Report from XXVI meeting of GIRI, Florence, September 201229 September 2012
Alexander Tournier and Rachel Roberts represented HRI at the 26th meeting of the Groupe International de Recherche sur i’Infinitesimal (International Research Group of Very Low Dose and High Dilution Effects). At this event, forming part of the bigger European Congress for Integrative Medicine, they were able to hear directly from many of the world’s leading researchers presenting updates on their latest findings.
Although this meeting focused primarily on basic research, there were also presentations on clinical and veterinary research. Robert Mathie presented exciting new findings from the first phase of his comprehensive systematic review of randomised controlled trials in homeopathy. This much needed work, due to be published in the near future, will bring the field up to date, giving fuller and more recent data on the clinical research literature compared with the last comprehensive review published in 2005.
A number of research groups are now using state of the art genetic techniques to investigate the effects of homeopathic remedies – a telling sign that homeopathy research is thriving. These techniques provided us with a front row view of the intimate changes occurring at the level of the genome upon exposure to homeopathic remedies. Dr Dinelli presented exciting results examining the changes of gene expression in wheat upon exposure to homeopathic preparations. Dr Marzotto investigated the changes in gene expression of stressed cells and showed that Gelsemium 30CH reduced the activity of 45 genes, while increasing that of 7 others.
Dr Khuda-Bukhsh also used genetic techniques, this time to investigate the effect of homeopathy in preventing virus infections in E-Coli. Dr Pierre Dorfman presented results from treating Metabolic Syndrome with a combination remedy, using gene expression profiling to show that the combination remedy had regulating effects on various genes. Finally, Dr Mazzoli presented her positive results using a homeopathic preparation to treat genital HPV viral infections (linked to development of cervical cancer), using genetic techniques to detect the presence of the different cancer-causing viruses.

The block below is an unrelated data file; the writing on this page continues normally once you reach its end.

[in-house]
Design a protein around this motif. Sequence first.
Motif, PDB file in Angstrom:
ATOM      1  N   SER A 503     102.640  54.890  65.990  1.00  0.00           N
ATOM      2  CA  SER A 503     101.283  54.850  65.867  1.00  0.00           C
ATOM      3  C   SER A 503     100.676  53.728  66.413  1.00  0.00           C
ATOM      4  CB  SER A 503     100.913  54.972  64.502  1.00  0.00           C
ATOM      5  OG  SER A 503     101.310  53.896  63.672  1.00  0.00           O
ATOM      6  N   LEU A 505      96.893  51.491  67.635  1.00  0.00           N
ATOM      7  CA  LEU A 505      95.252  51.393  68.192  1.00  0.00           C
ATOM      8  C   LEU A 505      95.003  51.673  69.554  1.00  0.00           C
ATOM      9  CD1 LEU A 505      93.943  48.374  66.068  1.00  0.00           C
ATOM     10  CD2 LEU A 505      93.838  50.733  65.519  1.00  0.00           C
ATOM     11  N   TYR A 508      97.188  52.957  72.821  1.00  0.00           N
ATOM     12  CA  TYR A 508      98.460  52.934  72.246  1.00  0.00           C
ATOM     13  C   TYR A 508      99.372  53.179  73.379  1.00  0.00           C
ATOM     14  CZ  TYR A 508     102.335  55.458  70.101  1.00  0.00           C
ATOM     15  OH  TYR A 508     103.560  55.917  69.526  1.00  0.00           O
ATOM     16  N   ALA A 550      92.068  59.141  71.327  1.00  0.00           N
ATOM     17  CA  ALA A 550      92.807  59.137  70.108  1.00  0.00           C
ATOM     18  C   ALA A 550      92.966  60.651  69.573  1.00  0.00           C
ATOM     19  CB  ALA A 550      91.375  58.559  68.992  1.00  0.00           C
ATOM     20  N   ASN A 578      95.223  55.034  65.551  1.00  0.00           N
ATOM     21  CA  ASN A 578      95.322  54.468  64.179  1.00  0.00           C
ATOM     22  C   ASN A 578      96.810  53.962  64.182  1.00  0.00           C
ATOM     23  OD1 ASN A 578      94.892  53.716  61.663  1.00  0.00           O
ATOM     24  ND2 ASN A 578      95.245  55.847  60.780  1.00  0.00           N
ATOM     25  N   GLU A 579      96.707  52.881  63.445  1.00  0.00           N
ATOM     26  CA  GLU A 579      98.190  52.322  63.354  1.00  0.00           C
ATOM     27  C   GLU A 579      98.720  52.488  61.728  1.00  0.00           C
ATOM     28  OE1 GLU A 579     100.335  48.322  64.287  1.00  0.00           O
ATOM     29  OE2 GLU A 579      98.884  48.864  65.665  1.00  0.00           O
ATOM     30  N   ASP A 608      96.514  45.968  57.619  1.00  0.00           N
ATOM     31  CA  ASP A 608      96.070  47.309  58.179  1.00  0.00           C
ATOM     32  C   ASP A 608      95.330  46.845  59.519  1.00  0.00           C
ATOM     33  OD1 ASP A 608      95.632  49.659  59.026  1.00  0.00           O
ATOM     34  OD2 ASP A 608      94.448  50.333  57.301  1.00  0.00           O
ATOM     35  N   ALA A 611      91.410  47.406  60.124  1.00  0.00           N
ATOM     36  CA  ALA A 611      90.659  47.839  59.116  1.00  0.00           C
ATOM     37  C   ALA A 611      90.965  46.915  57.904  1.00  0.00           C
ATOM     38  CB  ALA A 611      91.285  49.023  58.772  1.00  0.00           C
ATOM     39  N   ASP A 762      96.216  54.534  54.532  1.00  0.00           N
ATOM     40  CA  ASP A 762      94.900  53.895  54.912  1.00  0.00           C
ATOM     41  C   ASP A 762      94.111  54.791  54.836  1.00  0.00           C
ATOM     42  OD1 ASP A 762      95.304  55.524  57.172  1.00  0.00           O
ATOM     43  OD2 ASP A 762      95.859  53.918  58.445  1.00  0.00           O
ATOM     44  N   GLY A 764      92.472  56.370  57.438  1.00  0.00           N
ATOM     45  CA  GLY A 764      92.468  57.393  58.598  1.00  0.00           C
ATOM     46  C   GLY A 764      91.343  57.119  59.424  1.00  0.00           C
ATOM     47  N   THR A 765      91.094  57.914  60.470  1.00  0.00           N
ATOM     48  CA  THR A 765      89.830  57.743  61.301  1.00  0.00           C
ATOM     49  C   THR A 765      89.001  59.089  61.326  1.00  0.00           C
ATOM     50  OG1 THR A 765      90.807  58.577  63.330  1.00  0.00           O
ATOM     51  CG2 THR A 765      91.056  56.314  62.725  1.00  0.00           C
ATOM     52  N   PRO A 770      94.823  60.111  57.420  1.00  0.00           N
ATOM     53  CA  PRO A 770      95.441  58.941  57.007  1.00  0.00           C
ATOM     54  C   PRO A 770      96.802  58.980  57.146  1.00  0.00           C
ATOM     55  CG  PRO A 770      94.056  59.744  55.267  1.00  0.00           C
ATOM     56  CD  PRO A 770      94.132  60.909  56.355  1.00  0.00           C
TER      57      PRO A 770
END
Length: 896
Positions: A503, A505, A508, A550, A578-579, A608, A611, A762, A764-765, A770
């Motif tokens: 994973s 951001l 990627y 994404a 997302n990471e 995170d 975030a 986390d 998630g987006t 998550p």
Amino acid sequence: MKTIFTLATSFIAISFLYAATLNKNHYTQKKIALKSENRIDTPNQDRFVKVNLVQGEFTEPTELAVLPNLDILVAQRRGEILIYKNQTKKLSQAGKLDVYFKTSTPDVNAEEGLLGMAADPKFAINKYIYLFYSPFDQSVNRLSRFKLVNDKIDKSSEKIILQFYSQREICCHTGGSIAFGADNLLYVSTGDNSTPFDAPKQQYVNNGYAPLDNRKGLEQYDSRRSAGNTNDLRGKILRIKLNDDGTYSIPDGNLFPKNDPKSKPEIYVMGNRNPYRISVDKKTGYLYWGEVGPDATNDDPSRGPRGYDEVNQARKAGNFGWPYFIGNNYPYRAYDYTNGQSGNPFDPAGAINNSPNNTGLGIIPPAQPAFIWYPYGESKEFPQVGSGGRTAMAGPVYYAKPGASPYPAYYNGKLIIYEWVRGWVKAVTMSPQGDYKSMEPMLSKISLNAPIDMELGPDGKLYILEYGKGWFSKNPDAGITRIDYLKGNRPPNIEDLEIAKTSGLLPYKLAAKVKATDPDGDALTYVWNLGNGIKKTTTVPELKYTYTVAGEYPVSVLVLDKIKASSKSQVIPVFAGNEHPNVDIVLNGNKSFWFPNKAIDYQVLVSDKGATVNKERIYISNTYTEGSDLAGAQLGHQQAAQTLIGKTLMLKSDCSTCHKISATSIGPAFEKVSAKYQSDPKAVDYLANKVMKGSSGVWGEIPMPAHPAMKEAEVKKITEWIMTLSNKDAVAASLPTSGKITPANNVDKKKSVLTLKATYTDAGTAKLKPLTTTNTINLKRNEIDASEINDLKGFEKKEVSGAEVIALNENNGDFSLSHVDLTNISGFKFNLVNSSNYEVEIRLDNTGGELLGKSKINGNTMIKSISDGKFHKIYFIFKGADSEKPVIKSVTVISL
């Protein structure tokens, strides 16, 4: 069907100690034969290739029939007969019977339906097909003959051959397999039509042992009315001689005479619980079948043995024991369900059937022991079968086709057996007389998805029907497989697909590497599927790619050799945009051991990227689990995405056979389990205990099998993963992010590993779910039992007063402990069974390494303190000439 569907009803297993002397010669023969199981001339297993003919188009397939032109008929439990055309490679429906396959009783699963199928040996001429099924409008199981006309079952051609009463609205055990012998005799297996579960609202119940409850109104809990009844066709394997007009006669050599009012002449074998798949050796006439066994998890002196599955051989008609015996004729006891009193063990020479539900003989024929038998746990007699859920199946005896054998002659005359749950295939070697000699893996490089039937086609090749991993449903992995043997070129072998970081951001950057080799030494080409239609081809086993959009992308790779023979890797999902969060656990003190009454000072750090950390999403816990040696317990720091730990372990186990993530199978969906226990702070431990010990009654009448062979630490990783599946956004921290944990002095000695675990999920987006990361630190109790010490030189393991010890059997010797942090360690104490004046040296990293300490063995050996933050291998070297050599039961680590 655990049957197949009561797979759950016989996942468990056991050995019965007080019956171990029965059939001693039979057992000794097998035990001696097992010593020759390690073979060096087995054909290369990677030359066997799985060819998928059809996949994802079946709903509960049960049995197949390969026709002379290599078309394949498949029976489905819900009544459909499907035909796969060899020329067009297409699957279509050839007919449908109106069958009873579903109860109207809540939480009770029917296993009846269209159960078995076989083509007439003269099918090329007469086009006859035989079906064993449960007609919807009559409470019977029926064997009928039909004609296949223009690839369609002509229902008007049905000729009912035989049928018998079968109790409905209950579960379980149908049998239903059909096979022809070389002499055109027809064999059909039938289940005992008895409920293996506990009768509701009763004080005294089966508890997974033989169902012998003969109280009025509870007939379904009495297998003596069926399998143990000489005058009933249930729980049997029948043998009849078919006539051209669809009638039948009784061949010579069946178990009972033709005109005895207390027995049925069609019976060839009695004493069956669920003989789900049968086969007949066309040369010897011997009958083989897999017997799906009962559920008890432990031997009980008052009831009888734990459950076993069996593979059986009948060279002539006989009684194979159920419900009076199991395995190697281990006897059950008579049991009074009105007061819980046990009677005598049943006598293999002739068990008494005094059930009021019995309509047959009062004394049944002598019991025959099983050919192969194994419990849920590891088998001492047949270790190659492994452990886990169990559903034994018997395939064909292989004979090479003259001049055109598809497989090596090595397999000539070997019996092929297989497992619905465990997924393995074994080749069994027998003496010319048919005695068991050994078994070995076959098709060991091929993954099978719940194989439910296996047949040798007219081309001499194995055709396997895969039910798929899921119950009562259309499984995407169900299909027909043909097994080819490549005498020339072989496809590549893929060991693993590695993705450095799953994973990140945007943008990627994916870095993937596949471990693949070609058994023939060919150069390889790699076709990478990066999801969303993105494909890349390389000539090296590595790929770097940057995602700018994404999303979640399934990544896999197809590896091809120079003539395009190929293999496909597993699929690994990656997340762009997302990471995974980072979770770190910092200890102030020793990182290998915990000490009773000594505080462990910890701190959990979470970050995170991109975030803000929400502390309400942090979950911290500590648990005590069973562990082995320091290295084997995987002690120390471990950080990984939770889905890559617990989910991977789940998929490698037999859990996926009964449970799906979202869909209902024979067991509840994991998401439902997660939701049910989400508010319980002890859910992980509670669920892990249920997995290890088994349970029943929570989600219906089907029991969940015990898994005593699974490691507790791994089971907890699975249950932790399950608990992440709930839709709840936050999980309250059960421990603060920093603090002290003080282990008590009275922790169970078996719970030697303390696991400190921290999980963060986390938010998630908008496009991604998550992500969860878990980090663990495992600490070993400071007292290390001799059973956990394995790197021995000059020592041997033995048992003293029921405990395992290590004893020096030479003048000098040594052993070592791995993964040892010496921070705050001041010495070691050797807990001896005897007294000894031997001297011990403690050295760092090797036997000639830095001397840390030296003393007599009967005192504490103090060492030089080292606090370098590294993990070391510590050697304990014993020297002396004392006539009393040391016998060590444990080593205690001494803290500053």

Dr Elia presented the wide array of physical techniques he has brought to bear on the problem of homeopathy, from conductometry to fluorescence microscopy. Dr Grimaldi presented his new experiments on the Electromagnetic properties of water.
Multiple teams worldwide are working on the key issue of finding the most reproducible methods for basic research experiments investigating homeopathic dilutions. Prof Endler presented the results of a replication study by his team, confirming that potentised Gibberellic Acid (GA 30c) influences wheat stalk growth. They also detected an interesteing phenomenon whereby the effect of GA 30c was dependent on the season during which the experiment was carried out, with the strongest effects being observed in autumn.
The groups of Dr Baumgartner and Dr Betti, as well as Dr Borisovna, presented a promising new method for measuring effects of homeopathic medicines on the crystallisation of samples and analysis of the complexity of the ensuing patterns. These methods are showing promising results in terms of reproducibility and could provide a reliable readout of homeopathy effects in the future.
Dr Baumgartner also presented his review of the basic research in homeopathy, stressing the need for adequate controls and reproduction of results once in different labs. Such intensive work being carried out by these various teams worldwide to continually improve methods used in basic science research of homeopathy, bodes well for future developments in the field.